Some simplifications may actually be harmful to understanding if they throw away key points or introduce logical contradictions.

For a hash table, the general "promise" is that you map a very large space of keys (e.g. all strings) to a very small space of indexes using a simple function. Common sense might tell you that this shouldn't be possible ("how can you put something big into something small?") - and of course actual hash tables solve the conundrum by acknowledging collisions and defining ways to deal with them.

But by saying "let's assume no collisions" the reader is asked to just ignore the logical contradiction instead of solving it. That can lead to frustration in the best case or to serious misconceptions in the worst case.

Of course there is nothing wrong with saying "let's ignore those points for now, I'll explain later". Also I guess it depends very much on the learning style of the reader. But bad simplification can be very annoying for some learners.


>For a hash table, the general "promise" is that you map a very large space of keys (e.g. all strings) to a very small space of indexes using a simple function

Well, AFAICT there is no mention of any of this in the document. No "promise" or any such thing has been said or implied. Please stick to what the author has actually said rather than what you imagine people are thinking about when reading the document.

>. Common sense might tell you that this shouldn't be possible ("how can you put something big into something small?")

No, it doesn't tell me that at all, because that point is not brought up in the document. But is that how you think most people learn? Using common sense?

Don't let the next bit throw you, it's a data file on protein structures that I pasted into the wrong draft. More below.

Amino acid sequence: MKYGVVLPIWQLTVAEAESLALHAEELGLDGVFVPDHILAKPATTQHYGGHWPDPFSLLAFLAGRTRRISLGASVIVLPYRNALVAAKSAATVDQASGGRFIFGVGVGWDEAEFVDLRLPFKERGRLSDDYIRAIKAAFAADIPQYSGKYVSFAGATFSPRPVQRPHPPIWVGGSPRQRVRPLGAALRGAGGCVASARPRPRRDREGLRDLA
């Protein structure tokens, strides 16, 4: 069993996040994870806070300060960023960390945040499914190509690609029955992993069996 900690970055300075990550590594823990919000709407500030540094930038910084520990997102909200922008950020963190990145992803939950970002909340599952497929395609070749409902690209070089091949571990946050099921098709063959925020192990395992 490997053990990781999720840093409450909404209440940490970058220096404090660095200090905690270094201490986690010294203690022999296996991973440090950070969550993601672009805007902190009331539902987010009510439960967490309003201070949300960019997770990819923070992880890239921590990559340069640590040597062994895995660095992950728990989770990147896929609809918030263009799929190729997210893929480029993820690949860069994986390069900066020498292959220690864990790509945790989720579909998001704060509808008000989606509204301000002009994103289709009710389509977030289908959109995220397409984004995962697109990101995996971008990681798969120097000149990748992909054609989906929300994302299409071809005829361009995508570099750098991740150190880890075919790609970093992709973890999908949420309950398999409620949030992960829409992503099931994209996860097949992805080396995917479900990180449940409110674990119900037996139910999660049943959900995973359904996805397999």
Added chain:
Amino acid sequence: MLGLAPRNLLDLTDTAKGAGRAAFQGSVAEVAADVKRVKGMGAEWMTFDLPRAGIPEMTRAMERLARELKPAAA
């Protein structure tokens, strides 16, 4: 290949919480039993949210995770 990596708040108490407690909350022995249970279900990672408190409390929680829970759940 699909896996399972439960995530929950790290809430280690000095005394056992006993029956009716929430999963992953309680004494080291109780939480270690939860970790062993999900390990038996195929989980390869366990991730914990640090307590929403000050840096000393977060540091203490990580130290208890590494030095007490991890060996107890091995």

>But by saying "let's assume no collisions" the reader is asked to just ignore the logical contradiction instead of solving it.

Sure, you think those are the logical contradictions in the readers' minds. Can you actually establish that?

> But bad simplification can be very annoying for some learners.

A list of what is annoying for "some" learners is quite possibly very very large. Lets not....

--

Anyway, we can go down this rabbit hole, but it isn't actually productive, and quite boring to be honest. My point is that every-time someone tries simplify something for beginners, people seem to relish that opportunity to show everyone how "smart" they are about trivial data-structures. Yes, if you want somebody to make an expository article for beginners with the detail of something like TAOCP, then yeah, you're going to be disappointed. But, you can and should learn Newtonian physics, even if its "wrong", before you move on to Einstein.


>Well, AFAICT there is no mention of any of this in the document. No "promise" or any such thing has been said or implied.

I'm not sure you got the parent's comment. What you wrote about is true -- and that's what's wrong with the document. That it doesn't mention such a promise, not it describe an actual hash table implementation (where collisions are inevitable and should be dealt with).

>Please stick to what the author has actually said rather than what you imagine people are thinking about when reading the document.